The graphics in this game are beautiful, and honestly they still hold up really well today. The character models are all very well done, to the point where you can even see the pores in their skin on the loading screens (whether that creeps you out or not is up to you). The environments have a ton of detail to them and (as expected from the title) the water effects are gorgeous. From the city with streets filled with puddles, to the police precinct having constant foot traffic, to the run down and empty factories, Heavy Rain really nails its settings. The game's use of color is also really creative, as it's pale and heavy color palette compliments the emotionally depressing and tense situations very effectively. One touch I actually really like is that when you play through the intro before Jason dies, the color palette is vibrant and colorful before transitioning to it's more somber color scheme after the fact: it's a nice touch. The facial and body animations are also very well done for the time, and the scenes are well done composition wise. Visually, this game is still really impressive.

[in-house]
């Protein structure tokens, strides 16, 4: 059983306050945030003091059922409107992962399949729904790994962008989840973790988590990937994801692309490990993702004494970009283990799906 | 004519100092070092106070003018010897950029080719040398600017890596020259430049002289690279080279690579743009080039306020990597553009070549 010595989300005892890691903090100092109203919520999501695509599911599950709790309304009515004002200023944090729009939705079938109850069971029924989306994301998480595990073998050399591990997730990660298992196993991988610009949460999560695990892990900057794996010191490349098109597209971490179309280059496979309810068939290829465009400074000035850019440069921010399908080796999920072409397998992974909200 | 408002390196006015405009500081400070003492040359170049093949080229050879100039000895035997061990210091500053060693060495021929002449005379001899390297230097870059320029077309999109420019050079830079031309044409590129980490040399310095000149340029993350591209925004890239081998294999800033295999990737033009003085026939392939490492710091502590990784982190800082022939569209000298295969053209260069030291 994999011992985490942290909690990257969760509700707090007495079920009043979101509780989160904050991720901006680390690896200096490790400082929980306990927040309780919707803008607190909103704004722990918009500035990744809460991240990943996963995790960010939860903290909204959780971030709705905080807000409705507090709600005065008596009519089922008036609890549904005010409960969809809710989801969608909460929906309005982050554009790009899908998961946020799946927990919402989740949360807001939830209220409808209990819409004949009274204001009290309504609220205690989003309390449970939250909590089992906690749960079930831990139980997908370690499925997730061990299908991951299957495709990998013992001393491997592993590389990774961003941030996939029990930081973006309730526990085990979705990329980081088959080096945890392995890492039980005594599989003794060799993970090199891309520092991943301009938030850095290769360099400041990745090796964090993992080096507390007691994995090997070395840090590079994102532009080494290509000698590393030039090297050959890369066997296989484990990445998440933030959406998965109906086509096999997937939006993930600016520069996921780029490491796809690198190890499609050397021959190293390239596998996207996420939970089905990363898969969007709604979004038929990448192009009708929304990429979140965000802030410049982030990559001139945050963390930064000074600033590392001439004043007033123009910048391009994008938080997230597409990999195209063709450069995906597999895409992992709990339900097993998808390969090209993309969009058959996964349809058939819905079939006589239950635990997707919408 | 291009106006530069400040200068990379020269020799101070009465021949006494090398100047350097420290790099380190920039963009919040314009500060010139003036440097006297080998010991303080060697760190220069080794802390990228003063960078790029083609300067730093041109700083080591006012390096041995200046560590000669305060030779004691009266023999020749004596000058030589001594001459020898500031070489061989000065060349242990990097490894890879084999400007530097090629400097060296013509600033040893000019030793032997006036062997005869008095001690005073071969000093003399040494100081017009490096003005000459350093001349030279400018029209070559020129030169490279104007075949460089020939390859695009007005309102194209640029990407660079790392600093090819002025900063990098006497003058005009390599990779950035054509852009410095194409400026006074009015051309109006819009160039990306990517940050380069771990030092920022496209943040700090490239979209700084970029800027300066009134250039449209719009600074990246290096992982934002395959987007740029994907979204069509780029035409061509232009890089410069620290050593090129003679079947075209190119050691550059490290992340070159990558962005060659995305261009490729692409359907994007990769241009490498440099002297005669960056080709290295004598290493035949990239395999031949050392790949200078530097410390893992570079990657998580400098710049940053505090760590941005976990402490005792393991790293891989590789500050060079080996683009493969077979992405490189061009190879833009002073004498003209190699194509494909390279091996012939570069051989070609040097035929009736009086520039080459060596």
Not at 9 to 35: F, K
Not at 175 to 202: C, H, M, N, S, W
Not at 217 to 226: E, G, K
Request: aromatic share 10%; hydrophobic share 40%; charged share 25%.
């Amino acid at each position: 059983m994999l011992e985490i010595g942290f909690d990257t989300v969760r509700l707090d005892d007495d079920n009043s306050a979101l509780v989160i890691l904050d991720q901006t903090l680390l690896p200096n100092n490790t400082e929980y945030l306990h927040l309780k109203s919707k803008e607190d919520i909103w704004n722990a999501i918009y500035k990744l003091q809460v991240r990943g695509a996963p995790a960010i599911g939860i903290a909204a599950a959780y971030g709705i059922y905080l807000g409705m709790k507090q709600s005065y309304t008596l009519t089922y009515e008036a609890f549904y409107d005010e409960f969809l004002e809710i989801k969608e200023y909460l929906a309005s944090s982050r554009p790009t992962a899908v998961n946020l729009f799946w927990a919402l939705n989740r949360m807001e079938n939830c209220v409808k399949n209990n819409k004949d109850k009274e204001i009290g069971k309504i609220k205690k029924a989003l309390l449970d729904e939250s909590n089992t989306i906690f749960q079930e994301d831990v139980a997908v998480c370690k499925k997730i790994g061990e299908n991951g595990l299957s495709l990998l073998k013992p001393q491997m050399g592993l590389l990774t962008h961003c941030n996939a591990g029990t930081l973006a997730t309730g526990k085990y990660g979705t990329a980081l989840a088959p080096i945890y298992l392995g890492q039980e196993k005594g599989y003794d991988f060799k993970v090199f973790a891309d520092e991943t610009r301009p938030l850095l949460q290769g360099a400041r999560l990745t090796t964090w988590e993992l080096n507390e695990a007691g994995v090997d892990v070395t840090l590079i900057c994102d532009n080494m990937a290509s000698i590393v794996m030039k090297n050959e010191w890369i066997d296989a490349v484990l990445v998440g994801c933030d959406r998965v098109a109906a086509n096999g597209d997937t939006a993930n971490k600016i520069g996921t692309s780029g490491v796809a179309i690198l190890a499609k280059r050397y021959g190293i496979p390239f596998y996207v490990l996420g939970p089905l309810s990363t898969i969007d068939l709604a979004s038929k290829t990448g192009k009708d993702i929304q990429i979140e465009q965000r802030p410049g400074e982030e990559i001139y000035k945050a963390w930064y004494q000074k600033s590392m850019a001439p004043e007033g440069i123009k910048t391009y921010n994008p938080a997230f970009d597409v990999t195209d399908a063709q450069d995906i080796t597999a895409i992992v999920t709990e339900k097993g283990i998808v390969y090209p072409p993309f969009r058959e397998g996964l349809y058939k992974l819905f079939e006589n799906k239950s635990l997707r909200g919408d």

The music is also well done and matches the scenes very well. It helps establish the mood for both the quiet, emotional scenes as well as the action scenes. A few tracks are actually pretty chilly and unnerving. Unfortunately, it's also pretty repetitive and a lot of the soundtrack begins to sound similar, especially later on. The voice acting is also pretty hit or miss, usually miss. Ethan's actor has his moments, but overall does a pretty mediocre job. Particularly one performance of his has become famously bad *cough* JASON *cough* SHAWN. Most of the others are passable, and I actually like Scott Shelby's performance. Norman Jayden isn't too bad, but he has an obviously fake Boston accent on throughout the game. Ethan's sons' performances are... well they're horrible. They sound like robots that are trying to sound like children, and any attempt to emote from them sounds so lifeless.